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Can You Be Sober Without Quitting Weed?

Problem drinkers are increasingly using cannabis to manage their alcohol consumption. We asked a few how that’s working out for them.


Alcohol was hard to come by in Iraq, and that made the one night Roy and his buddies smuggled some booze onto the base a special occasion. “It was a fun, sneaky thing that I was taking part in,” recalls the south Minneapolis veteran, who hardly anticipated the role alcohol would later play in his life. After all, he never even touched the stuff till he was 21.

When Roy got back from Iraq in 2007 after two years overseas, things changed. “After my deployment ended, alcohol started taking over my life,” he says. He entered the debilitating cycle of periodic sobriety followed by relapse from which so many problem drinkers have struggled to free themselves. “I went for treatment at the VA in 2018, stayed sober for about two years, then I got divorced and started drinking again.” During the early stages of the pandemic, he entered a relapse prevention program. Nothing seemed to work.

Then came Minnesota’s recent backdoor legalization of THC products. Weed had never been Roy’s drug of choice. “I didn’t like the smell on my clothes, and it gave me too much of a rush too soon,” he says. But gummies offered a potential alternative to his alcohol dependency, as he saw it, and now, rather than drinking, he consumes “half a gummy just a couple times a week.” He’s happy with the change. “It does everything that alcohol claims to do without the hangover. And unlike alcohol, I don’t need it.” 

Though Roy hasn’t had a drink for about three weeks now, his sobriety isn’t quite the kind endorsed in 12-step meetings or at treatment centers. Substituting weed for booze is nothing new—for years, addicts and alcoholics have tried to kick their habits by substituting one high for another. Some have sworn the change saved their lives; others have dismissed the practice as “marijuana maintenance,” a kind of sham sobriety. But with the growth of cannabis legalization nationwide and the increased availability of THC-infused products on the market, celebrities and influencers have given the old method a trendy new brand name: “California sober.” 

As cannabis use has become more socially acceptable, and at least quasi-legal, definitions of sobriety and recovery are changing—even here in the Land of 10,000 Treatment Centers. With Minnesota’s current surprise experiment in THC legalization, the time seemed right to reach out to Minnesotans who were attempting different paths toward managing their relationship with mood-altering substances. 

A little biographical aside seems appropriate here: I’ve been sober for over 24 years, and 12-step work helped me quit drinking even though I’m no longer active in any program. But I never dug the high I got from weed to begin with, so I approach this topic as a fairly neutral observer, equally skeptical of shortcuts to recovery and the universal applicability of the methods of Alcoholics Anonymous.

When it comes to recovery, everyone has an opinion. Hardcore 12-steppers and experts in the addiction treatment field tend to be skeptical of weed-aided alcohol abstention; folks who’ve been disappointed in traditional methods for keeping clean, and brands with new products to peddle, tend to be more hopeful. It’s impossible to say how “successful” these cannabis users are, because their relationships with drugs and alcohol and their ultimate goals vary so widely. (If the rate of “success” in recovery is usually measured in preventing relapse, what does that mean when you’ve rejected the abstinence model?) So rather than cosigning the decisions of the people I spoke with or second-guessing their decisions, I’ve chosen to simply share their perspectives, to offer a glimpse of our changing relationship with drug use and abuse.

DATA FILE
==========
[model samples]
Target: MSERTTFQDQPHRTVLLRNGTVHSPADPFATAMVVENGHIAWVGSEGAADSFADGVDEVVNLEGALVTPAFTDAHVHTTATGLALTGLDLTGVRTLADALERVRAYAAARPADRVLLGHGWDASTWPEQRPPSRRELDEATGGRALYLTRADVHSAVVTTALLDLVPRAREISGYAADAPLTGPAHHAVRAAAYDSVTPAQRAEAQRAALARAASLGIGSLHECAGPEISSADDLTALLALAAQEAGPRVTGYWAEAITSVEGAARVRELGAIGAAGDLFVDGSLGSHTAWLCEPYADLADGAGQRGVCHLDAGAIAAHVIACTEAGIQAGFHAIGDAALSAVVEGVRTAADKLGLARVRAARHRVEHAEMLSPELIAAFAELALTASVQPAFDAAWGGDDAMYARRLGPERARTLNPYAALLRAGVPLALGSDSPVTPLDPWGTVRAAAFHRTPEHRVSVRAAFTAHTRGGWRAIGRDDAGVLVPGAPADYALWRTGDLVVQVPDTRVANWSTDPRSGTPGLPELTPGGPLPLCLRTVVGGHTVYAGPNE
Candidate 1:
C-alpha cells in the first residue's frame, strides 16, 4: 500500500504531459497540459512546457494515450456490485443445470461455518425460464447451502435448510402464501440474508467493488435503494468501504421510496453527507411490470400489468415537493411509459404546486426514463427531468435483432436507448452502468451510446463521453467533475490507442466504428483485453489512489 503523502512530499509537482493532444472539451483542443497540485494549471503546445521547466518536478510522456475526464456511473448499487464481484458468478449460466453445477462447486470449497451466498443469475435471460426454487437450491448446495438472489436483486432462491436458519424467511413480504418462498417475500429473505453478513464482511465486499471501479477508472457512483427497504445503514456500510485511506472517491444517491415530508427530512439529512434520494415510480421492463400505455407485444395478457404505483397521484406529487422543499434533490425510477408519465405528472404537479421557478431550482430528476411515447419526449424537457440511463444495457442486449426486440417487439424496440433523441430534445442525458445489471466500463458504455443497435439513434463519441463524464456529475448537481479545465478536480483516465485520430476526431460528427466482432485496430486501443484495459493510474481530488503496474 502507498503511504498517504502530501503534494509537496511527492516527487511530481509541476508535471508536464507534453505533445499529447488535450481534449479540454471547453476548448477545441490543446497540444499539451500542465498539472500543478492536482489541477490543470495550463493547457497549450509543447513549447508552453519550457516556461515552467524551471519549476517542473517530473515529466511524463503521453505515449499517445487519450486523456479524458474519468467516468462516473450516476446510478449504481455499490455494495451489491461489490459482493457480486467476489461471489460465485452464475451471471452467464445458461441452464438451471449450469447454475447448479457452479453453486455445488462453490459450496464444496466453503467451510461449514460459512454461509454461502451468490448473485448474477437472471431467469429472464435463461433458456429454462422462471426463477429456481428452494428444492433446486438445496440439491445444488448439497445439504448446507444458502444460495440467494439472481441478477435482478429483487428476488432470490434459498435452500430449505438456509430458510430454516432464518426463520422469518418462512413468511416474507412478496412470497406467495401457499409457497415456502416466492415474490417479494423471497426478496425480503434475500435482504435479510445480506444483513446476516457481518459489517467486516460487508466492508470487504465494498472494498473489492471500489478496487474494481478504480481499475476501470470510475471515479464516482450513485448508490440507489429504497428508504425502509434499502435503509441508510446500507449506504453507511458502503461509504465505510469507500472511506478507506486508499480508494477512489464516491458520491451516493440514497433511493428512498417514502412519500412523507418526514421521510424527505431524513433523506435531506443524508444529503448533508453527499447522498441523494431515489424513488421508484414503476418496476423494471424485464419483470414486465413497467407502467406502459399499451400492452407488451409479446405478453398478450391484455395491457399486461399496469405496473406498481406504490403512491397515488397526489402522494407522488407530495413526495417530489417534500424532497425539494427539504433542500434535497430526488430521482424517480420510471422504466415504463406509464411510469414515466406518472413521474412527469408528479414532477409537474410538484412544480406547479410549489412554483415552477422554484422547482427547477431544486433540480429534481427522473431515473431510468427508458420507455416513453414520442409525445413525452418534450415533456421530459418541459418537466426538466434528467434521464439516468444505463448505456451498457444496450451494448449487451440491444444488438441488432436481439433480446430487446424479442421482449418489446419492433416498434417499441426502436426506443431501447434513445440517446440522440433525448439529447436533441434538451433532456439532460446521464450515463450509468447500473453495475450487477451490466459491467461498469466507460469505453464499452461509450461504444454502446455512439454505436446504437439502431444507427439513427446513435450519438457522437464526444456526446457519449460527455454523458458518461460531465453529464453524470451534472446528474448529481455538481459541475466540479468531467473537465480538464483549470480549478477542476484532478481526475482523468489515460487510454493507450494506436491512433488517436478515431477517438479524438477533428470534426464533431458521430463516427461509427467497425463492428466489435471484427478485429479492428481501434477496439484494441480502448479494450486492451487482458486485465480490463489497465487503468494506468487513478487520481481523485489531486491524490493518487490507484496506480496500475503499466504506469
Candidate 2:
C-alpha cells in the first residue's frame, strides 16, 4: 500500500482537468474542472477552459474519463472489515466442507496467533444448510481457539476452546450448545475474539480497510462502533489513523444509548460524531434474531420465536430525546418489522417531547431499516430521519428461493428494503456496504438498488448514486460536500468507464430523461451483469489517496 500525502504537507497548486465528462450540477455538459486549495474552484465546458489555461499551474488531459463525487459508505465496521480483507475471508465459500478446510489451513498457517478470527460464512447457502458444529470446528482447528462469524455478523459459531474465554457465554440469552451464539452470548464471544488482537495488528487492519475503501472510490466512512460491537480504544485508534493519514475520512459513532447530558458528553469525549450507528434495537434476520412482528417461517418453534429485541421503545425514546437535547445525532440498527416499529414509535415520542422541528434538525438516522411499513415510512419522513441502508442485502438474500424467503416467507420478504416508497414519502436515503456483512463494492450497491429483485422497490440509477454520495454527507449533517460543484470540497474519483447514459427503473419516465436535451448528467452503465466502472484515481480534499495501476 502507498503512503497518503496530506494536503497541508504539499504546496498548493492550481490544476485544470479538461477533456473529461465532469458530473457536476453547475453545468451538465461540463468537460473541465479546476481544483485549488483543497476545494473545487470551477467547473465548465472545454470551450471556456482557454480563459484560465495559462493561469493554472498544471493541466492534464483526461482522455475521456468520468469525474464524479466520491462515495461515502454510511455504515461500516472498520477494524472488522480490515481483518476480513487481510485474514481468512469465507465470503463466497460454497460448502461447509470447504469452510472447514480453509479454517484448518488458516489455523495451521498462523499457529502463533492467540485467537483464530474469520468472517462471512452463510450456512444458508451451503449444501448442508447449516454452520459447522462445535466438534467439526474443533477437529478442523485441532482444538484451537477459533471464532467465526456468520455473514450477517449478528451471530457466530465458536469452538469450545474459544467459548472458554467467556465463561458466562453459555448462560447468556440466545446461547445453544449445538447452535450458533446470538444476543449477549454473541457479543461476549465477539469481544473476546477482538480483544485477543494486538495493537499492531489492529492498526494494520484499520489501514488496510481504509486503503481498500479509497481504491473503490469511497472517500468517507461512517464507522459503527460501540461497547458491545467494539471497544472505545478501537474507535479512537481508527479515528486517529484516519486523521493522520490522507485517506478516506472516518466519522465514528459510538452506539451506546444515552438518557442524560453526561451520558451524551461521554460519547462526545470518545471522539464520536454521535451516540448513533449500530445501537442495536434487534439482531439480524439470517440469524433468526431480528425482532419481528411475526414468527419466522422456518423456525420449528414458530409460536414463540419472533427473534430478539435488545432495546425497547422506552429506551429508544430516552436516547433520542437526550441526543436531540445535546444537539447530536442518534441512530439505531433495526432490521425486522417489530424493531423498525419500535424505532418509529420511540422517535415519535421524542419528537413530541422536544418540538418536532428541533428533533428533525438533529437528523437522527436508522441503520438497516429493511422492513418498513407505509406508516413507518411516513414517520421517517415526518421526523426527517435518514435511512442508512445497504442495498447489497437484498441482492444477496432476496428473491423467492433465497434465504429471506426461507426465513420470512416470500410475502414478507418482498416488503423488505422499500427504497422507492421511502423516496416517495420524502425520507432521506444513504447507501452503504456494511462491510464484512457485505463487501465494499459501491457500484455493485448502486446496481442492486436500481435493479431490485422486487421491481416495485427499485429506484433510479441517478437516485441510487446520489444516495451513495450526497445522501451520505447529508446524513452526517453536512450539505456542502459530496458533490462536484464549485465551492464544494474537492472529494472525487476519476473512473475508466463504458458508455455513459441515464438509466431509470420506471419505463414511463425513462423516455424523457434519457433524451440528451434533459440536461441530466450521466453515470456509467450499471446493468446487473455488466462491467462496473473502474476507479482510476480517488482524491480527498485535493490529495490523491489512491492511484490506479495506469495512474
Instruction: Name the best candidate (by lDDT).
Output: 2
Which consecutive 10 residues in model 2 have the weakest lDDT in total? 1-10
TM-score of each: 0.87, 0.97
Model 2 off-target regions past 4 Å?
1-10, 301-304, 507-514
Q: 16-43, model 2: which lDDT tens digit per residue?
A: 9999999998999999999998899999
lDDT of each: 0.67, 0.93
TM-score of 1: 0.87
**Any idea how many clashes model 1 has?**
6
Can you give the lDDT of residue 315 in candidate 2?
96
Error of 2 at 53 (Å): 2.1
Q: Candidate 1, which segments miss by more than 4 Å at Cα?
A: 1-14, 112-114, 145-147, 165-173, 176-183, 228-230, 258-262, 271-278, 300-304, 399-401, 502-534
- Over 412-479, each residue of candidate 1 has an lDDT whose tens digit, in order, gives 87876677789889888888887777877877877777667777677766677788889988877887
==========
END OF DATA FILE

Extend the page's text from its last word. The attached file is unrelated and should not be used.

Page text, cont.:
Oh, and I changed everyone’s name because some of this shit is still technically illegal.

“Last week I saw They Might Be Giants at First Ave. If that show happened a year ago, when it was originally scheduled, I would have six drinks and run up a $100 tab. Instead, I had three weed drinks and woke up fine the next day.”

For Nate from Summit Hill, the availability of THC-infused seltzers has helped him cut down on his alcohol intake. Like so many people, he started drinking more during the early days of the pandemic. (“It’s a lot easier to drink slowly when you’re drinking socially. A lot less socializing left a lot more free time for my mouth.”) And with a history of alcoholism in his family (none of whom had stayed sober through AA, he says), his guard was up. 

“I’ve taken more of a mindfulness approach to drinking and I’ve been phasing it down,” he says. “No disrespect to people who do this, but saying ‘I’m not going to drink today,’ doing Dry October or Dry January... for me that’s still defining your days by your relationship to alcohol. So whenever I tried that, I would fail at those things, or if I succeeded I’d celebrate with a big binge.” 

And while some fret about the chaos of unregulated THC products on the market, Nate welcomes the widespread availability of non-alcoholic options. “A big reason that I was able to make this change is the miraculous lack of regulation that we have here,” he says. “I can walk down the street to the White Squirrel and get a cannabis-infused sage drink whenever I want.”

Nate hasn’t abandoned alcohol entirely. “I don’t think an alcohol-free life is something that I’m aiming for, though that may change. Now I’ll top off a night with a beer and I get the taste that I like and the social effect that I like and none of the after effects.” 

“If I didn’t have weed I wouldn’t have quit drinking,” says Jeff in Elliot Park matter-of-factly. “I’m 43 and I’ve used cannabis and alcohol to self-medicate for anxiety for years. Alcohol wasn’t a good way to do that. It wasn’t sustainable for me. I just didn’t feel like I could keep using that as a crutch, I was drinking every day, and I probably wasn’t as good as a person.”

But he wasn’t about to abandon weed for the sake of claiming a strict sobriety. “It’s comforting, good for dealing with life and the shit that’s happening. I like smoking flower. I also vape and I eat edibles. I don’t think it’s taking anything away from how I live.” 

While the transition from alcohol to weed was a natural progression for Jeff and Nate, it took a serious health scare for Eric in Itasca County to fully realize how socially acceptable cannabis had become. He was diagnosed with a cancerous brain tumor at the start of the pandemic, and with health services delaying his treatment, his quest for relief from insomnia and headaches, led to an oxycontin OD. That’s when friend after friend began telling him, “Dude, you need to start smoking weed.”